[Failure of enacting such reforms are due to a] combination of inertia, lethargy, vested interests, self-interest and cowardice.
— Richard Feinberg, professor at the University of California San Diego.
And while Diaz-Canel has perpetually placed blame on the American government and its embargo as the sole impediment on the Cuban economy, earlier this year the President introduced a number of economic policies that, while increasing wages, threatened to cause an unprecedented rise in inflation of between 500% to 900%. Considering the nation’s current liquidity crisis, economists have slammed the timing of such policies. “They’re undertaking reforms at the worst possible moment; they have no money,” Feinberg said.
“Dollar stores” were reopened last year by the government allowing Cubans to purchase goods in foreign currency. A scheme, part of the government’s greater plan of unifying its dual currency, saw the Cuban peso – the currency most Cubans are paid wages in – devalued. Adding insult to injury, a key element of Diaz-Canel’s reforms included limiting the exchange between the Cuban peso and the dollar. Considering that Cubans receive a majority of remittances in dollars, economists have charged Diaz-Canel’s move as the most aggressive constraint upon the US currency since the tenure of the late Fidel Castro.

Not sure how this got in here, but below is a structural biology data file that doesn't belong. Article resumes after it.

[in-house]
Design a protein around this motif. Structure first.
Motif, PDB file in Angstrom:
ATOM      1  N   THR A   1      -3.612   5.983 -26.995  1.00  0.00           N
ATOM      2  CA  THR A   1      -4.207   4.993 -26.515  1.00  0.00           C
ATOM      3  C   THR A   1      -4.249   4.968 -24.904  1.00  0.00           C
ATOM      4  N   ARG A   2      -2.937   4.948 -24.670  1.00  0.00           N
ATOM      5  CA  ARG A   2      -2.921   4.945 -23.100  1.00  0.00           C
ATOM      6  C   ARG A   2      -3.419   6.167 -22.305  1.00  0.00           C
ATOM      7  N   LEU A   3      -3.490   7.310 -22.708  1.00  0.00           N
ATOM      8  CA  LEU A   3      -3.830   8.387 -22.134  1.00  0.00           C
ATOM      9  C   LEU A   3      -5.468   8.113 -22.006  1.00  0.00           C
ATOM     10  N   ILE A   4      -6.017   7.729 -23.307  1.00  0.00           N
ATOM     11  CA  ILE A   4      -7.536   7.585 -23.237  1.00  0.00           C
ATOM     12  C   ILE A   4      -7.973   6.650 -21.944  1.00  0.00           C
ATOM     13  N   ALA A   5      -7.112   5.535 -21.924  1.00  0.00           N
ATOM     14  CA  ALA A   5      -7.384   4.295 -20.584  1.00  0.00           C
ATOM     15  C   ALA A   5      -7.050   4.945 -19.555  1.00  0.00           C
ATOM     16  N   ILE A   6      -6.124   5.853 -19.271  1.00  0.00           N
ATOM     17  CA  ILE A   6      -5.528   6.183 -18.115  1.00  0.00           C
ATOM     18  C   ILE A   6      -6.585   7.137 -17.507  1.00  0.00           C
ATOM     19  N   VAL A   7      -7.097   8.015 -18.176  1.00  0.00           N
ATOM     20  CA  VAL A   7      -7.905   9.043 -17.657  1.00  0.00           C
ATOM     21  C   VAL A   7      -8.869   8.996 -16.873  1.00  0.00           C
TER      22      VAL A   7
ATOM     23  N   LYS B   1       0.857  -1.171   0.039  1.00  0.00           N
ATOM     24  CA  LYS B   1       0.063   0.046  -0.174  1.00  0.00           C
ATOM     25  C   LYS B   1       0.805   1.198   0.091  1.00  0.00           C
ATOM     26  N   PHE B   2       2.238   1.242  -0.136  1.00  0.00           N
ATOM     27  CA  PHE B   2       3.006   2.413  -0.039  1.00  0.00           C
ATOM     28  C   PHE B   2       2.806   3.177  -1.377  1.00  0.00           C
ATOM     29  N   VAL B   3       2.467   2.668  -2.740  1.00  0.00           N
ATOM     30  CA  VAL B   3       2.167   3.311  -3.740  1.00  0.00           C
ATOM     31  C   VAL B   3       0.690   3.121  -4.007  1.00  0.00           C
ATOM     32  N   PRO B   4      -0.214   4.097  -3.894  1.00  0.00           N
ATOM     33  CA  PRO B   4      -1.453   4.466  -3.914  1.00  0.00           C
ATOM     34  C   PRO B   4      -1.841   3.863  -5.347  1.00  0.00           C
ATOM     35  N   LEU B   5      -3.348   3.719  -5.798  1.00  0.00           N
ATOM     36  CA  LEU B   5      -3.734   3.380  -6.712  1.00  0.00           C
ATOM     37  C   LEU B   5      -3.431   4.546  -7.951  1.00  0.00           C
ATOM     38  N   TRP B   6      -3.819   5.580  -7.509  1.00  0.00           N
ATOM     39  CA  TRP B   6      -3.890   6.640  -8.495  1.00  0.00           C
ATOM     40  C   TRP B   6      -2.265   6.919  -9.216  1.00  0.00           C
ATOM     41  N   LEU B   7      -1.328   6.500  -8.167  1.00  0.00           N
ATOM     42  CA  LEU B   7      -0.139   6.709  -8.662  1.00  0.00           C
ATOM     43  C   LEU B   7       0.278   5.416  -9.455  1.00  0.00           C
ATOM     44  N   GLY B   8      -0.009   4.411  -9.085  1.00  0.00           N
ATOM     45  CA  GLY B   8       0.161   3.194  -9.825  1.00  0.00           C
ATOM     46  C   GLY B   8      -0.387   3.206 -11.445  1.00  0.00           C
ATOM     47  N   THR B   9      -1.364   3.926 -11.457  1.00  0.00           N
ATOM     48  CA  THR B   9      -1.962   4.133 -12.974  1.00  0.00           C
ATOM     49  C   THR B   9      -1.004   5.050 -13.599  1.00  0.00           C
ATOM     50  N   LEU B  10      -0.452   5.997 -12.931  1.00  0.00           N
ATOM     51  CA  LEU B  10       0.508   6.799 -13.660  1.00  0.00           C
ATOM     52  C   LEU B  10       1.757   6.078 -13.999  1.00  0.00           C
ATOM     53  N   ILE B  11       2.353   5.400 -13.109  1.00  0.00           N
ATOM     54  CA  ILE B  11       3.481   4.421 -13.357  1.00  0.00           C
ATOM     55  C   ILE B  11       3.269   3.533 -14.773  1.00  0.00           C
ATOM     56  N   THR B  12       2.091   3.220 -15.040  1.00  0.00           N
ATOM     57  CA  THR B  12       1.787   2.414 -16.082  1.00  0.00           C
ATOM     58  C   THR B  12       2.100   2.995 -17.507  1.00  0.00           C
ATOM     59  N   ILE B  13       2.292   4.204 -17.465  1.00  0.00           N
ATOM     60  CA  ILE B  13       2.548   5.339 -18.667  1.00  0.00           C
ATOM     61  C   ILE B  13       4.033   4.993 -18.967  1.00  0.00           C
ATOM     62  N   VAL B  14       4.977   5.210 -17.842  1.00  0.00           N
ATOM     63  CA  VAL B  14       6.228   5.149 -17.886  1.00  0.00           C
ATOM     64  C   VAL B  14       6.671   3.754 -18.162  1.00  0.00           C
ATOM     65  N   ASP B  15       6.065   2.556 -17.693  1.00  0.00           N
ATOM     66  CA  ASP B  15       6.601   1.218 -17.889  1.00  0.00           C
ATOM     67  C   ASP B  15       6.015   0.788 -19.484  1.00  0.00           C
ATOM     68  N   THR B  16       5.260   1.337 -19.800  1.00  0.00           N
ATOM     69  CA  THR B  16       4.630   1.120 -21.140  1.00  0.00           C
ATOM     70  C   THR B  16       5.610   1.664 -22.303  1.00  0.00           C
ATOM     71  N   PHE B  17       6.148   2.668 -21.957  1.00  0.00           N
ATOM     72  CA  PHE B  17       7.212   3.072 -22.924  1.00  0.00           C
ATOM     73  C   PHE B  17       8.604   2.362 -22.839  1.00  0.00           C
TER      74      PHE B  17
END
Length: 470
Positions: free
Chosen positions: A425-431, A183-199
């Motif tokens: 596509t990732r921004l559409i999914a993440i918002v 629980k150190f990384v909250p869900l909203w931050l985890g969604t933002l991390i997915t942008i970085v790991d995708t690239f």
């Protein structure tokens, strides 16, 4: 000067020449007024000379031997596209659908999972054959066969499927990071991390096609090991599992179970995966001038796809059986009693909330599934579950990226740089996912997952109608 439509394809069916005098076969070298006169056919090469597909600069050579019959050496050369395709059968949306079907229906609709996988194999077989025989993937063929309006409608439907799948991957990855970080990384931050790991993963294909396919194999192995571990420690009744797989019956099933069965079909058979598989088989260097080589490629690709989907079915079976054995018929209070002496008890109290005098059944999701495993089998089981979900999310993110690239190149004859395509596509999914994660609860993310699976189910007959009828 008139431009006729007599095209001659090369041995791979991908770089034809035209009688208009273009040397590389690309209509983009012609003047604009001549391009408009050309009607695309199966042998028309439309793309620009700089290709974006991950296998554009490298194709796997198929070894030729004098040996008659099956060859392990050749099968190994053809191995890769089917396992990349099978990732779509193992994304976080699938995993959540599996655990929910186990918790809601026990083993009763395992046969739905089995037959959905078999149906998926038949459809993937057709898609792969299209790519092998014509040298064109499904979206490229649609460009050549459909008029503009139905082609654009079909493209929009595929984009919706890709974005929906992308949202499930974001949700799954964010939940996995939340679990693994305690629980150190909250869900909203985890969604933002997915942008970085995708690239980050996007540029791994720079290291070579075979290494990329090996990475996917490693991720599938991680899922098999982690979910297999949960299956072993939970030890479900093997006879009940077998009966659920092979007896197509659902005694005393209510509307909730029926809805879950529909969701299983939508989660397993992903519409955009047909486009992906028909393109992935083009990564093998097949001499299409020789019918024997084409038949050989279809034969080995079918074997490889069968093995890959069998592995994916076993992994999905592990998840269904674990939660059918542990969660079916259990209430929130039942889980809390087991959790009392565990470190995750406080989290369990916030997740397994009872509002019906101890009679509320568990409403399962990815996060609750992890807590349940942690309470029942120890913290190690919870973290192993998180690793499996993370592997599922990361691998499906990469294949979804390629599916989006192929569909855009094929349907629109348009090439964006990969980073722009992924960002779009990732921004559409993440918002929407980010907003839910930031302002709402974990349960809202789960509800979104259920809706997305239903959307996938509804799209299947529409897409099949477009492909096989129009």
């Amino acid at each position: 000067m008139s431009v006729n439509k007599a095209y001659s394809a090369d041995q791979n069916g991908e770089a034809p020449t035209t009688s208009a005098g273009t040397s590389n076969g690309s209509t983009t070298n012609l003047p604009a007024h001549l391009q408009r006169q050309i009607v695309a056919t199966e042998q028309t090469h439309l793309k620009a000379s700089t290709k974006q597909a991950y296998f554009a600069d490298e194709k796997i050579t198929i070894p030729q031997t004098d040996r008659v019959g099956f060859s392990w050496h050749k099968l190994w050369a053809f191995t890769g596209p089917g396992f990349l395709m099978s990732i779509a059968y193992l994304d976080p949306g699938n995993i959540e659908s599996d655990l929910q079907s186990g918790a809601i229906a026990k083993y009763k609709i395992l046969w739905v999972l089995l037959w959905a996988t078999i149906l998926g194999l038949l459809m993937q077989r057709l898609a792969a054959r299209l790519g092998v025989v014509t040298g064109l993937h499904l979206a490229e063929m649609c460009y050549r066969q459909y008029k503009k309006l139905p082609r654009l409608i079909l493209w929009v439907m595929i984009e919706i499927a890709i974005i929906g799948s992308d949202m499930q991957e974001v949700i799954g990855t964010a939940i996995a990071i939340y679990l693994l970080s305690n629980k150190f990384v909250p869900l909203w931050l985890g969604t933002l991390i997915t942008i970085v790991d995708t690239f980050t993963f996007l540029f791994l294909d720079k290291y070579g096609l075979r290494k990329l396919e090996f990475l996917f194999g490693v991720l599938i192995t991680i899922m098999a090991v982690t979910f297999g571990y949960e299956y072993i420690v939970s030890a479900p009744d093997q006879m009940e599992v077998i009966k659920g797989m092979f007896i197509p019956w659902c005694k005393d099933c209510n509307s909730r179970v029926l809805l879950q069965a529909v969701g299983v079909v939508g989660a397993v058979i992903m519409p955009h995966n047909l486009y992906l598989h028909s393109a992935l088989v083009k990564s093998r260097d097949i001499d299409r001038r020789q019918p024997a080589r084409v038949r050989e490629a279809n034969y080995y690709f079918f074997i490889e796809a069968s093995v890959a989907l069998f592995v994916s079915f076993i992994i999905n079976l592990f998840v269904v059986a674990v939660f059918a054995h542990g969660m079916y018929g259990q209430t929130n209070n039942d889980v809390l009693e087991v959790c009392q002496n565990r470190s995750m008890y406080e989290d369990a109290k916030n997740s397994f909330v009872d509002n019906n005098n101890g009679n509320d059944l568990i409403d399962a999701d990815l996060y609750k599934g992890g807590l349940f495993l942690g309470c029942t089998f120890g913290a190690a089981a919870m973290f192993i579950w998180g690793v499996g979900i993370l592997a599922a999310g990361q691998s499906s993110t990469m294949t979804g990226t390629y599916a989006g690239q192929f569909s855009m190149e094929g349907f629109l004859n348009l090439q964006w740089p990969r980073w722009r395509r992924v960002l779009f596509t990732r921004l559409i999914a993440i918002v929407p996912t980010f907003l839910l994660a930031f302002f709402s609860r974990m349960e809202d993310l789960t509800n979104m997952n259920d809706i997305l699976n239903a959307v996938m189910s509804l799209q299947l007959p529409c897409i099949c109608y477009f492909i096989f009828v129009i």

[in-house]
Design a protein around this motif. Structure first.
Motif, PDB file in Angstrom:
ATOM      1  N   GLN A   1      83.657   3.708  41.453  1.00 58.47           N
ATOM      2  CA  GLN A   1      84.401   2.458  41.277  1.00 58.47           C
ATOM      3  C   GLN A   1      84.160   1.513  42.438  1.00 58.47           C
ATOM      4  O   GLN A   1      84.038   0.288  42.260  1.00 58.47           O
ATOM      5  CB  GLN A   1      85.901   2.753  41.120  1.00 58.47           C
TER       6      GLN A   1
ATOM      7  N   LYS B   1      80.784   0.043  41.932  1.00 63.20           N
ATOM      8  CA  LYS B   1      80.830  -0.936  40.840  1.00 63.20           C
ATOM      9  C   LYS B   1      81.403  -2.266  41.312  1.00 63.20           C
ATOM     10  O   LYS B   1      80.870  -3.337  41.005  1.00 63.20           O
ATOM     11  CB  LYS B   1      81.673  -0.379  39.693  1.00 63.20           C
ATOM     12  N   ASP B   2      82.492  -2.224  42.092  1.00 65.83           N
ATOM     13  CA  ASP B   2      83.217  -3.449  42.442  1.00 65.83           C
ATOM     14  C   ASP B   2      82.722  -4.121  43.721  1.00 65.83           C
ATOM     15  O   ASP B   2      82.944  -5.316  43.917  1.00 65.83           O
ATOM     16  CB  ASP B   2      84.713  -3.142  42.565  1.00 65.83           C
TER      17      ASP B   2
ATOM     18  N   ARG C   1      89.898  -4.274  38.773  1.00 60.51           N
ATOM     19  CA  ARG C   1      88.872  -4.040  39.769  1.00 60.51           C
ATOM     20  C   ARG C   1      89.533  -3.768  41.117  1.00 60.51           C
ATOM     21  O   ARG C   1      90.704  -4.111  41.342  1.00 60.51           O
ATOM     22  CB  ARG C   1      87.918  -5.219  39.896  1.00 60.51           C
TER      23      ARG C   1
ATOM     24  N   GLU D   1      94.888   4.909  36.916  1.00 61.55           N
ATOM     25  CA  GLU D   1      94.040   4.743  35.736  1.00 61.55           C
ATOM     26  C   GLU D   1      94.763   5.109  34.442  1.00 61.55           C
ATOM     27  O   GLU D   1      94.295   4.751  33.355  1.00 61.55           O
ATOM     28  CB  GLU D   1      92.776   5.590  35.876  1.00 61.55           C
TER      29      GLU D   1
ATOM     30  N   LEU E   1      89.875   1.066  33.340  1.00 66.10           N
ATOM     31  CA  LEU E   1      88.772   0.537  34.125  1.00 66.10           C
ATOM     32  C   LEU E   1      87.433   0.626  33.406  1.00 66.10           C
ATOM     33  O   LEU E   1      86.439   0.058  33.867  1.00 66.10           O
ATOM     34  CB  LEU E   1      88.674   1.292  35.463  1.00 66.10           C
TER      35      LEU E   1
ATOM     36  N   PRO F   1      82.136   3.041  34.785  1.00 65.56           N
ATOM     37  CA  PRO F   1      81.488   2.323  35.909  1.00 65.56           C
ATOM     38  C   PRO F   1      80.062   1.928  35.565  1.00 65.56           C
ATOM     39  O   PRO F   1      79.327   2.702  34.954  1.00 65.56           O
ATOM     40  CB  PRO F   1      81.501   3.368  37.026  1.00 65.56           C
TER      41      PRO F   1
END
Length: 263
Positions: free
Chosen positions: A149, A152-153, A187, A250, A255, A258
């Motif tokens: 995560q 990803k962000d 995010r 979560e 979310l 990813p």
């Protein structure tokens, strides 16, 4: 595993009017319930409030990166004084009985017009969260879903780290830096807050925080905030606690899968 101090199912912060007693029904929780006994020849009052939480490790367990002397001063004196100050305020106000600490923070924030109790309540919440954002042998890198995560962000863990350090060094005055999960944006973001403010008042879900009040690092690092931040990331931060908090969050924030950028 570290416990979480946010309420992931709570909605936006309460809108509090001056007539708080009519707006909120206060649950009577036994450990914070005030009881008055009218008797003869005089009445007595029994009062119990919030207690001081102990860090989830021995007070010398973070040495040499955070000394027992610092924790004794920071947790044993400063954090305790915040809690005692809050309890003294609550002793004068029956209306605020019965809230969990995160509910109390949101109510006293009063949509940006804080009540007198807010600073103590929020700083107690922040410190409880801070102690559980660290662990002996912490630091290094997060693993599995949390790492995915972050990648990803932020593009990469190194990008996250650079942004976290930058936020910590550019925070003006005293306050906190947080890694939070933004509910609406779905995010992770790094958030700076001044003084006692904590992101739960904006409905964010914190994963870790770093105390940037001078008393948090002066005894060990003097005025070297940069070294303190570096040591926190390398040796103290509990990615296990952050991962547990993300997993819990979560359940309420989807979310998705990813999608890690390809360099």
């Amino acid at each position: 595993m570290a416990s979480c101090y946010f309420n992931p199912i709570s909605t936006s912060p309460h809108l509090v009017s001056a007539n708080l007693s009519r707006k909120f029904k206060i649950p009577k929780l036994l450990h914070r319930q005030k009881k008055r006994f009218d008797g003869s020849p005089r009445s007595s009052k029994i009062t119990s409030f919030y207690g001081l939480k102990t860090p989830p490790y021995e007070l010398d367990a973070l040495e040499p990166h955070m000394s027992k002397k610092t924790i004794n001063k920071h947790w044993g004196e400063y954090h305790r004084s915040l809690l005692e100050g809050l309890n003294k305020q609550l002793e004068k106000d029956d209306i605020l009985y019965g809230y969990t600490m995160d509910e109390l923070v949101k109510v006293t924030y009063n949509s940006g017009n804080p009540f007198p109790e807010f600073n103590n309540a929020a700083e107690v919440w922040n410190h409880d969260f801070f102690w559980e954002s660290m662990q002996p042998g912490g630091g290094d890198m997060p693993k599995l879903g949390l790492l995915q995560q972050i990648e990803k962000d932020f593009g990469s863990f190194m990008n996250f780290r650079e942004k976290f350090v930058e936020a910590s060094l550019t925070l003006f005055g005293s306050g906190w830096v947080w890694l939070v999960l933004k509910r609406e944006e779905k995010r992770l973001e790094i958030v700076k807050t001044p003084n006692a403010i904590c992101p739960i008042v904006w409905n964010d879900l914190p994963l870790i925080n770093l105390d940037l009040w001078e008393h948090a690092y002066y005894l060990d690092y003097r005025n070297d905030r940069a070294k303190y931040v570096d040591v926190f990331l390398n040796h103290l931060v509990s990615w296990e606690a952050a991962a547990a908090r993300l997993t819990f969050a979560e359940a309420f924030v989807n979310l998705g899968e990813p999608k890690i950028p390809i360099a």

President Miguel-Canel has since conceded some validity to the expressed grievances of dissidents, with analysts agreeing that the government may speed up the economic reforms espoused by former President Raul Castro. Yet with the situation in Cuba as precarious as ever, it remains uncertain whether this would be enough to quell the dissent among many Cuban citizens.
While it seems unlikely that the 62-year-old communist establishment will buckle under this pressure, it is incumbent upon them to take the dissent of Cubans seriously, and act with intent; it is also paramount for President Biden to honour the pledges made in his presidential campaign by reversing the inflammatory policies Trump had enacted to revive Cuban-U.S. diplomacy. While Cuba’s future remains up in the air, one thing for certain is that change, for better or worse, is now inevitable.
Editor’s Note: The opinions expressed here by Impakter.com columnists are their own, not those of Impakter.com. — In the Featured Photo: Protests erupt in Cuba on July 11. Featured Photo Credit: WIKIMEDIA COMMONS.